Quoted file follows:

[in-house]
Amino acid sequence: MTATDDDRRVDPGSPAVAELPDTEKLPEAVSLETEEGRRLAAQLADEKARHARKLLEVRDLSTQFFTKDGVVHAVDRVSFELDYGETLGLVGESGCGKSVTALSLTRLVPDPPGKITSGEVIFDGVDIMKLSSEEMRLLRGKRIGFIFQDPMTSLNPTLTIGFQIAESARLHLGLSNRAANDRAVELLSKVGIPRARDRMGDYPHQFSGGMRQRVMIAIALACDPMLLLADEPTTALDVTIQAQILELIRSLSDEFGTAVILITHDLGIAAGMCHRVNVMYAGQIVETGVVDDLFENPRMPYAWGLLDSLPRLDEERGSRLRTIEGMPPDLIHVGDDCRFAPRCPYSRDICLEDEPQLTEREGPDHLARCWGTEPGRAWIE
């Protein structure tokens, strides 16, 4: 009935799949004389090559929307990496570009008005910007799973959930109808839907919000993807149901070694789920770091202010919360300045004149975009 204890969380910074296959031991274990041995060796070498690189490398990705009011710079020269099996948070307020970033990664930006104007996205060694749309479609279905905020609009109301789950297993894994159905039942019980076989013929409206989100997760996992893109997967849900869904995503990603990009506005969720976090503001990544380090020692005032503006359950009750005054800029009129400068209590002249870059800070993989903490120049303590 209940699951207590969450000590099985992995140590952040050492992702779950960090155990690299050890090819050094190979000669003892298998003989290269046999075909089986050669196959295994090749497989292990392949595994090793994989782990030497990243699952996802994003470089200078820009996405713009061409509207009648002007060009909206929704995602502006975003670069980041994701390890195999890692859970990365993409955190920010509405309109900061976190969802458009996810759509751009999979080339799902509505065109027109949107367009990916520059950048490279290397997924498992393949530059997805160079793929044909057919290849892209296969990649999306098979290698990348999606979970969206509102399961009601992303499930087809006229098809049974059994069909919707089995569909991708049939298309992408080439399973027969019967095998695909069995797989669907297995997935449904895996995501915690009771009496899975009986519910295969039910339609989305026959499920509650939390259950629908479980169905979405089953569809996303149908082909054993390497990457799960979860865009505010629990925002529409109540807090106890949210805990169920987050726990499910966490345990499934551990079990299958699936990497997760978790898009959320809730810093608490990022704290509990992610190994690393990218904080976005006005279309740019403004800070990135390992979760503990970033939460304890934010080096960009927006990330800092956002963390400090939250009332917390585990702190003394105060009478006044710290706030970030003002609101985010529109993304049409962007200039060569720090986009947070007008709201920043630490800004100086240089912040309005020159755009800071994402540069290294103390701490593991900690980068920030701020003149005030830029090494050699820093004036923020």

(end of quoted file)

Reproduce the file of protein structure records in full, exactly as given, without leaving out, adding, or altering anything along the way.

[in-house]
Amino acid sequence: MTATDDDRRVDPGSPAVAELPDTEKLPEAVSLETEEGRRLAAQLADEKARHARKLLEVRDLSTQFFTKDGVVHAVDRVSFELDYGETLGLVGESGCGKSVTALSLTRLVPDPPGKITSGEVIFDGVDIMKLSSEEMRLLRGKRIGFIFQDPMTSLNPTLTIGFQIAESARLHLGLSNRAANDRAVELLSKVGIPRARDRMGDYPHQFSGGMRQRVMIAIALACDPMLLLADEPTTALDVTIQAQILELIRSLSDEFGTAVILITHDLGIAAGMCHRVNVMYAGQIVETGVVDDLFENPRMPYAWGLLDSLPRLDEERGSRLRTIEGMPPDLIHVGDDCRFAPRCPYSRDICLEDEPQLTEREGPDHLARCWGTEPGRAWIE
């Protein structure tokens, strides 16, 4: 009935799949004389090559929307990496570009008005910007799973959930109808839907919000993807149901070694789920770091202010919360300045004149975009 204890969380910074296959031991274990041995060796070498690189490398990705009011710079020269099996948070307020970033990664930006104007996205060694749309479609279905905020609009109301789950297993894994159905039942019980076989013929409206989100997760996992893109997967849900869904995503990603990009506005969720976090503001990544380090020692005032503006359950009750005054800029009129400068209590002249870059800070993989903490120049303590 209940699951207590969450000590099985992995140590952040050492992702779950960090155990690299050890090819050094190979000669003892298998003989290269046999075909089986050669196959295994090749497989292990392949595994090793994989782990030497990243699952996802994003470089200078820009996405713009061409509207009648002007060009909206929704995602502006975003670069980041994701390890195999890692859970990365993409955190920010509405309109900061976190969802458009996810759509751009999979080339799902509505065109027109949107367009990916520059950048490279290397997924498992393949530059997805160079793929044909057919290849892209296969990649999306098979290698990348999606979970969206509102399961009601992303499930087809006229098809049974059994069909919707089995569909991708049939298309992408080439399973027969019967095998695909069995797989669907297995997935449904895996995501915690009771009496899975009986519910295969039910339609989305026959499920509650939390259950629908479980169905979405089953569809996303149908082909054993390497990457799960979860865009505010629990925002529409109540807090106890949210805990169920987050726990499910966490345990499934551990079990299958699936990497997760978790898009959320809730810093608490990022704290509990992610190994690393990218904080976005006005279309740019403004800070990135390992979760503990970033939460304890934010080096960009927006990330800092956002963390400090939250009332917390585990702190003394105060009478006044710290706030970030003002609101985010529109993304049409962007200039060569720090986009947070007008709201920043630490800004100086240089912040309005020159755009800071994402540069290294103390701490593991900690980068920030701020003149005030830029090494050699820093004036923020």